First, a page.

Researchers for Aston University have called for urgent policy intervention and a focused effort to ensure the UK’s automotive industry remains a critical pillar of the British economy.
The report, Powering the Future: Aligning Economic Policy for Automotive Sector Resilience in the face of Critical Material Challenges, offers a comprehensive analysis of the UK’s EV industry.
Professor Jun Du and Dr Oleksandr Shepotylo found the UK is in a weak position to capitalise on the EV revolution and immediate market opportunities”, and, such is the pace of change, the opportunity won’t wait for policy makers to catch up.
Currently, the UK is “heavily exposed’ to battery imports, which exceed exports by 10.5 times. Germany continues to lead the global market in the value of EV exports, with China now leading in terms of the number of EVs exported.
The UK automotive sector has “multifaceted challenges”, they claimed, including technological shifts, socio-economic changes, and geo-political and regional considerations, such as Brexit and issues of tariffs and rules of origin.
The analysis of EV global value chains (GVCs) and the UK’s diversified export portfolio and its modest reliance on GVC position it favourably in this context. Short-term concerns within the EV battery supply chains can be attributed to trade policy issues, potentially evolving into medium-term dependencies on battery materials and production.
The report outlines a four-point plan for automotive sector resilience, including targetting global opportunities in the EV revolution, advocating for the optimisation of trade policy, call for strategic investments in EV battery production, and monitoring global value chains.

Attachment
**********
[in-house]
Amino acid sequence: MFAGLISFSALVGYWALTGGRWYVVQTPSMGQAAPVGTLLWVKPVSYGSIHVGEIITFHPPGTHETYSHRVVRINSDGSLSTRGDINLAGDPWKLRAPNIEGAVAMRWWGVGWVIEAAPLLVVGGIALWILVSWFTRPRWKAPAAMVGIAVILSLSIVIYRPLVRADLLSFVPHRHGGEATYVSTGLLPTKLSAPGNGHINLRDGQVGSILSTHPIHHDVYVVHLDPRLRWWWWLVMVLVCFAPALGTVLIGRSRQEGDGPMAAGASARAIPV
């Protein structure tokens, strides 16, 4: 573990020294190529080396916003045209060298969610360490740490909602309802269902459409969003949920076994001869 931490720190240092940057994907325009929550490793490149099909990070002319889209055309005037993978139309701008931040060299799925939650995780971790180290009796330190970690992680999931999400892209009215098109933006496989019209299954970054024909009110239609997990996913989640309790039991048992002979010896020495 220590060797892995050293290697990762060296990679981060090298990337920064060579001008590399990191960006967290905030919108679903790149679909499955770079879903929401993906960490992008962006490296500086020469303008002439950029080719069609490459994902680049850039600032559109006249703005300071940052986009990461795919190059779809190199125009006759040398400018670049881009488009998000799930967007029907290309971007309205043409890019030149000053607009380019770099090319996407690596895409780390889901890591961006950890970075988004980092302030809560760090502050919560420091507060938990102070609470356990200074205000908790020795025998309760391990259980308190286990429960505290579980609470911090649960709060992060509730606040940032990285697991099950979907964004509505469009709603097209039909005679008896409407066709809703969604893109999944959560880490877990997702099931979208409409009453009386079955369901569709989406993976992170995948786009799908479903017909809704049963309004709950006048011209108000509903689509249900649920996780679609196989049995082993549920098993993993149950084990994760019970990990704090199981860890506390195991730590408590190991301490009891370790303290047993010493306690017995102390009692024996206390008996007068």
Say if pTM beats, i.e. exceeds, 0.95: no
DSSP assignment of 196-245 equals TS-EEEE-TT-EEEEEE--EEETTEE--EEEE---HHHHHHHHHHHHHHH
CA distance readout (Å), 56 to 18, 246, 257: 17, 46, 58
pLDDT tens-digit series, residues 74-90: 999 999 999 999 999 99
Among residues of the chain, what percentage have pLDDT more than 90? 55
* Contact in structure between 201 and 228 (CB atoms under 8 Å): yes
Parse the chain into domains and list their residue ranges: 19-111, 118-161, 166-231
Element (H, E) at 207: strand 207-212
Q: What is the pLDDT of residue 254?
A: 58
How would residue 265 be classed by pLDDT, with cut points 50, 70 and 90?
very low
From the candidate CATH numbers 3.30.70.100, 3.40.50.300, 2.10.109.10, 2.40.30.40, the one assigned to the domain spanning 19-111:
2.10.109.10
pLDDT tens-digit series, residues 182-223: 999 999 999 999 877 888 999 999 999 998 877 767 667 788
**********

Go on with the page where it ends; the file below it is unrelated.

Jun Du, professor of economics at Aston Business School, said: “Cultivating a resilient and competitive UK automotive industry demands policy ideas that align with the ever-evolving dynamics of the global electric vehicle market.
“Our research highlights the weakness of the UK’s current position and outlines the strategic interventions urgently needed to fortify the UK’s interests and navigate the transformative landscape of the electric vehicle revolution.
“The implementation of these recommendations can effectively cement the UK’s leadership position in the realm of electric mobility, ensuring enduring growth, competitiveness, and innovation.”
Dr Oleksandr Shepotylo, senior lecturer in economics at Aston Business School, said: “The report also shines a light on the level of Government intervention in the EU, US and China, as all have coherent industrial strategy that capitalise on the shift to Net Zero, whilst the UK does not, favouring a reactive sticking plaster approach, such as the short term extension of Rules of Origin deadline with the EU.
“Whilst this provides respite to the UK the risk is that the gap with its competitors widens.”
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